The students of MST 5327: Technology and Outreach in Museums have come a long way from the group of fifteen technology neophytes that started class in January. On their initial surveys, I found a wide range of attitudes regarding technology, but most admitted they were somewhere on the “afraid of it, don’t trust it” end of the spectrum. Several brought significant experience with technology with them into the course, and all expressed an interest in enhancing technological skills that they felt would be critical to their success in the museum field.

The first few weeks of class focused on lectures and background information on the idea of technology in museums. Topics covered included the types of technology utilized by museums (from exhibit display to collections databases), the theory behind the use of technology in museums, and the promise and perils of using technology to engage visitors. Lively discussions on technology’s ability to both enhance and derail the visitor experience were held each week, and students were encouraged to seek out examples of how museums are using high- and low-tech solutions to visitor engagement.

From the beginning of the course, students were introduced to the use of several free, Web-based tools that will aid in their development as museum professionals. Services like Evernote, Google Drive, Prezi and WordPress were all introduced very early on in the course, giving the students a chance to explore how museums of any size can take advantage of free (or almost-free) software solutions to make their museums run smoother. The course blog (available for all to read here) became a place for students to respond to focused readings, begin conversations among their colleagues, and post reactions to current events in the museological field. All of these techniques are expected to give them a firm footing on some of the developments in Web-based tools available to them upon their graduation in the coming weeks and months.

After a full session of training and orientation to the scanners and software of the Riley Digitization Center, the students were assigned into teams and turned loose to explore the materials gathered for the course. Focused on the general theme of World War I, the teams were each given a specific focal point and told to curate items for a digital collection that explored one of three themes:

Team Churchill: the impact of the war on religion

Team Foch: the impact of the war on popular culture

Team Pershing: the impact of the war on Waco as embodied by the U.S. military

Each team was given access to a number of archival collections drawn from special collections on campus, and they spent several sessions poring over the assorted archival papers, piles of sheet music, and 1917-1918 Waco newspapers looking for materials to support their theses. Scanning commenced in the following weeks, as did the addition of materials into a special digital collection that will be made available to the public at the close of the semester.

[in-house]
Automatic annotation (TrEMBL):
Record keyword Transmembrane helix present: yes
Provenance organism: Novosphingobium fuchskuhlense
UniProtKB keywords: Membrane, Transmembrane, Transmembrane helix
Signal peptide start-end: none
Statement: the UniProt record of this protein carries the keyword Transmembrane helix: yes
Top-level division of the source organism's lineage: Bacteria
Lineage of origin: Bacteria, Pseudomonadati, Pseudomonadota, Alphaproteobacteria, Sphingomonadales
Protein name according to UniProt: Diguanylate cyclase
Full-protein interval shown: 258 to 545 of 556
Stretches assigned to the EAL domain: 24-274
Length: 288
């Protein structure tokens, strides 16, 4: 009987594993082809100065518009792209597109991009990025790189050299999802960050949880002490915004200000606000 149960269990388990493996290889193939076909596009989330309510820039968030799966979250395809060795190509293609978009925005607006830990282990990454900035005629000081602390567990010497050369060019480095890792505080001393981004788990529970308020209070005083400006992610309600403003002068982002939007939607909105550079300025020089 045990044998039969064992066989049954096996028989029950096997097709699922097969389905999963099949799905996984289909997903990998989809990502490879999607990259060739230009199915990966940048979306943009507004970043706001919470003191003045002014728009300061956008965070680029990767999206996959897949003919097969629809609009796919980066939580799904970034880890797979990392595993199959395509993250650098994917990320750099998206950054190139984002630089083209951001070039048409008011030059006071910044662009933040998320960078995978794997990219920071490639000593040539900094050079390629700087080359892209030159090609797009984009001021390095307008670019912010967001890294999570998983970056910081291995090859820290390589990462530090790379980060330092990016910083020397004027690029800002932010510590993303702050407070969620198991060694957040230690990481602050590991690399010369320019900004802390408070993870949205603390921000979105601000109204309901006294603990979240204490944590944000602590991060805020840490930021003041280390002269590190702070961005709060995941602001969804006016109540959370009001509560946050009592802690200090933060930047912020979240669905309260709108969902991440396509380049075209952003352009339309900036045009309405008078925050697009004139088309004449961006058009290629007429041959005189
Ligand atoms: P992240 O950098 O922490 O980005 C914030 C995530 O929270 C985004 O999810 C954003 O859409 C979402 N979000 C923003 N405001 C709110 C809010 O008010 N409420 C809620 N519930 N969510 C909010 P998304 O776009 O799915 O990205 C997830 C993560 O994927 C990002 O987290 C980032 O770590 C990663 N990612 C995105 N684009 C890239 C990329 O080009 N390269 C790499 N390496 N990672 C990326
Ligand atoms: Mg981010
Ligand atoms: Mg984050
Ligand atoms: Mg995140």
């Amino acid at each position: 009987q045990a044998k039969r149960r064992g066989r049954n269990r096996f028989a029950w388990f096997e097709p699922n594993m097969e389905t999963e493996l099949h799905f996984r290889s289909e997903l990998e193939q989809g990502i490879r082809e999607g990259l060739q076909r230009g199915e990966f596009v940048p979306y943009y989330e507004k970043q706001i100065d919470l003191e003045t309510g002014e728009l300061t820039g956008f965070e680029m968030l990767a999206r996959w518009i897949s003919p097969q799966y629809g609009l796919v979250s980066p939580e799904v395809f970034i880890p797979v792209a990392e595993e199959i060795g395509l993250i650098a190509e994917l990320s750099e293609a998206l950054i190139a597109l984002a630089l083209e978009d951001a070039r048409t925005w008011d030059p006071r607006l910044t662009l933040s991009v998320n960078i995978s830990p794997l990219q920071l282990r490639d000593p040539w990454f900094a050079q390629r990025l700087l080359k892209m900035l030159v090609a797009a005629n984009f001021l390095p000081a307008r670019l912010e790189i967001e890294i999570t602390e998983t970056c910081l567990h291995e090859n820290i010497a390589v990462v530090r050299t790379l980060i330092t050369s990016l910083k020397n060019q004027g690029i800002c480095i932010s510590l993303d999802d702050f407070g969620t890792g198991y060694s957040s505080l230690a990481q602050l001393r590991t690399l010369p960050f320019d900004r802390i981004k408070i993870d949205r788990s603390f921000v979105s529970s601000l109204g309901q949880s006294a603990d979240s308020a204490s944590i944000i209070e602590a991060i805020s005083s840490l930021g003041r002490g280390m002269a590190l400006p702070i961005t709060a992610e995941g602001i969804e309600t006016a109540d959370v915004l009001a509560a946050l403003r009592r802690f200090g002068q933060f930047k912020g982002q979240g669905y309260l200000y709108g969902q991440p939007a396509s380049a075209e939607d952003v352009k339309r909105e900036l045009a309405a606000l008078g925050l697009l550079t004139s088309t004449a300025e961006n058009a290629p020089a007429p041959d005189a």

A guest lecture on the always-engaging topic of copyright was delivered by Billie Peterson-Lugo, the Baylor Libraries’ resident expert. Billie’s presentation introduced the students to the challenges of presenting archival materials that go beyond the year 1923 – when materials are considered to be in the public domain – and how to make decisions that place materials into categories of risk (low, medium and high) with regard to copyright status. The students’ eyes were opened to the inherent difficulties of working with the overlapping, byzantine layers of federal and state copyright standards, but they did learn the simplest answer regarding copyright questions: “It depends.”

Spring break and a trip to the Texas Association of Museums’ annual conference in Beaumont took two weeks out of the mid-semester, and a two-week discussion of the basics of marketing in the year 2013 were added into the mix as well. Students discussed the nature of public relations in the Twitter era, why the basics of marketing still matter, and how to keep people’s attention in a world where advertising messages are plastered on almost every conceivable surface.

And now, as the teams complete their scanning and metadata entry, the semester is coming to a rapid close as they prepare for their final presentations. These professional presentations (which are open to the public) will be held on May 1 at 1:00 in the Armstrong Browning Library’s theater, followed by a reception in the Cox Reception Hall. The presentations will focus on each team’s marketing/outreach plan they created to promote their digital collections to a specific target audience. I will also provide an overview of the course, the items digitized by the students, and what this course has meant in terms of their development as burgeoning museum professionals.

When we started the discussions about this course more than a year ago, Dean of University Libraries Pattie Orr was excited, supportive and encouraging of a new opportunity to train Baylor University graduate students for service in a field that impacts the lives and spirits of millions of Americans each year. From an instructor’s viewpoint, I can say that the energy, skills, passion and drive exhibited by these students this semester have been a joy to behold, and if their performance in this course is any indication of the future state of American museums, we are all in terrific hands.

In closing, I encourage anyone in the Waco area to stop by the final presentations on May 1st. It will be an excellent opportunity to see new scholarship, excited young professionals, and a beautiful special collection library all at once.